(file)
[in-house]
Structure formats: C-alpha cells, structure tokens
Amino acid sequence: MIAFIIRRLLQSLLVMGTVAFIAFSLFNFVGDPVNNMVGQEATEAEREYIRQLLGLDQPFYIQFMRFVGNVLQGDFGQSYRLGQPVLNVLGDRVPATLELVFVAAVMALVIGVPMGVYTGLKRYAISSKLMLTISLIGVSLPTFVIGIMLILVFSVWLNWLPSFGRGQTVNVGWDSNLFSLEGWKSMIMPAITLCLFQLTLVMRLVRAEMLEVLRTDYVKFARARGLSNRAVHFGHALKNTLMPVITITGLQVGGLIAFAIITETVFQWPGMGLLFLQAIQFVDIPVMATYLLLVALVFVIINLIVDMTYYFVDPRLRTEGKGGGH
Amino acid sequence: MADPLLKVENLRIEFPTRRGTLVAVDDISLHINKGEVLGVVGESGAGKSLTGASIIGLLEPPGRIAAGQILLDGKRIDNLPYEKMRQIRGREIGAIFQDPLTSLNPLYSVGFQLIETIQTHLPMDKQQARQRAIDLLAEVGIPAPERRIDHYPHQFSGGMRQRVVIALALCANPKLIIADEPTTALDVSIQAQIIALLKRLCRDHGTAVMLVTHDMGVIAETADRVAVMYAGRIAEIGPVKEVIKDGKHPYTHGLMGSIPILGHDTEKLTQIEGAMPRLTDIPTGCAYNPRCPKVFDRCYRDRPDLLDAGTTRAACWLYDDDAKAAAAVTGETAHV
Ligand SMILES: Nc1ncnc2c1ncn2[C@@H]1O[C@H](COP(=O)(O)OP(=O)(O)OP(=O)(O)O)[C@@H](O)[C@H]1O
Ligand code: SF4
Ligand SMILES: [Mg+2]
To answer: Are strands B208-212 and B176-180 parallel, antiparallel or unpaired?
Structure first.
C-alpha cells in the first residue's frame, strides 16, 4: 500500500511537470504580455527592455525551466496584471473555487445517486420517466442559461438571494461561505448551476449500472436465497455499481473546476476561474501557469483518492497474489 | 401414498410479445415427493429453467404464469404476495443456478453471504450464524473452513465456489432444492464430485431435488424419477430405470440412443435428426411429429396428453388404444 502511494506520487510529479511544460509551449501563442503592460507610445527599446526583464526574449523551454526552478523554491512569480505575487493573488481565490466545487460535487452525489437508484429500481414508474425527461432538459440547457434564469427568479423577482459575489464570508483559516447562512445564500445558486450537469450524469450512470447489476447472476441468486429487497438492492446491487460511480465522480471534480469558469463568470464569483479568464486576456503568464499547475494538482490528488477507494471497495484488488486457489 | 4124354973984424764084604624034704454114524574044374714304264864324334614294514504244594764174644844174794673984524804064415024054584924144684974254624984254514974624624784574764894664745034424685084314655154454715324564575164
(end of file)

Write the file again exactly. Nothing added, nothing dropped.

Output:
[in-house]
Structure formats: C-alpha cells, structure tokens
Amino acid sequence: MIAFIIRRLLQSLLVMGTVAFIAFSLFNFVGDPVNNMVGQEATEAEREYIRQLLGLDQPFYIQFMRFVGNVLQGDFGQSYRLGQPVLNVLGDRVPATLELVFVAAVMALVIGVPMGVYTGLKRYAISSKLMLTISLIGVSLPTFVIGIMLILVFSVWLNWLPSFGRGQTVNVGWDSNLFSLEGWKSMIMPAITLCLFQLTLVMRLVRAEMLEVLRTDYVKFARARGLSNRAVHFGHALKNTLMPVITITGLQVGGLIAFAIITETVFQWPGMGLLFLQAIQFVDIPVMATYLLLVALVFVIINLIVDMTYYFVDPRLRTEGKGGGH
Amino acid sequence: MADPLLKVENLRIEFPTRRGTLVAVDDISLHINKGEVLGVVGESGAGKSLTGASIIGLLEPPGRIAAGQILLDGKRIDNLPYEKMRQIRGREIGAIFQDPLTSLNPLYSVGFQLIETIQTHLPMDKQQARQRAIDLLAEVGIPAPERRIDHYPHQFSGGMRQRVVIALALCANPKLIIADEPTTALDVSIQAQIIALLKRLCRDHGTAVMLVTHDMGVIAETADRVAVMYAGRIAEIGPVKEVIKDGKHPYTHGLMGSIPILGHDTEKLTQIEGAMPRLTDIPTGCAYNPRCPKVFDRCYRDRPDLLDAGTTRAACWLYDDDAKAAAAVTGETAHV
Ligand SMILES: Nc1ncnc2c1ncn2[C@@H]1O[C@H](COP(=O)(O)OP(=O)(O)OP(=O)(O)O)[C@@H](O)[C@H]1O
Ligand code: SF4
Ligand SMILES: [Mg+2]
To answer: Are strands B208-212 and B176-180 parallel, antiparallel or unpaired?
Structure first.
C-alpha cells in the first residue's frame, strides 16, 4: 500500500511537470504580455527592455525551466496584471473555487445517486420517466442559461438571494461561505448551476449500472436465497455499481473546476476561474501557469483518492497474489 | 401414498410479445415427493429453467404464469404476495443456478453471504450464524473452513465456489432444492464430485431435488424419477430405470440412443435428426411429429396428453388404444 502511494506520487510529479511544460509551449501563442503592460507610445527599446526583464526574449523551454526552478523554491512569480505575487493573488481565490466545487460535487452525489437508484429500481414508474425527461432538459440547457434564469427568479423577482459575489464570508483559516447562512445564500445558486450537469450524469450512470447489476447472476441468486429487497438492492446491487460511480465522480471534480469558469463568470464569483479568464486576456503568464499547475494538482490528488477507494471497495484488488486457489 | 4124354973984424764084604624034704454114524574044374714304264864324334614294514504244594764174644844174794673984524804064415024054584924144684974254624984254514974624624784574764894664745034424685084314655154454715324564575164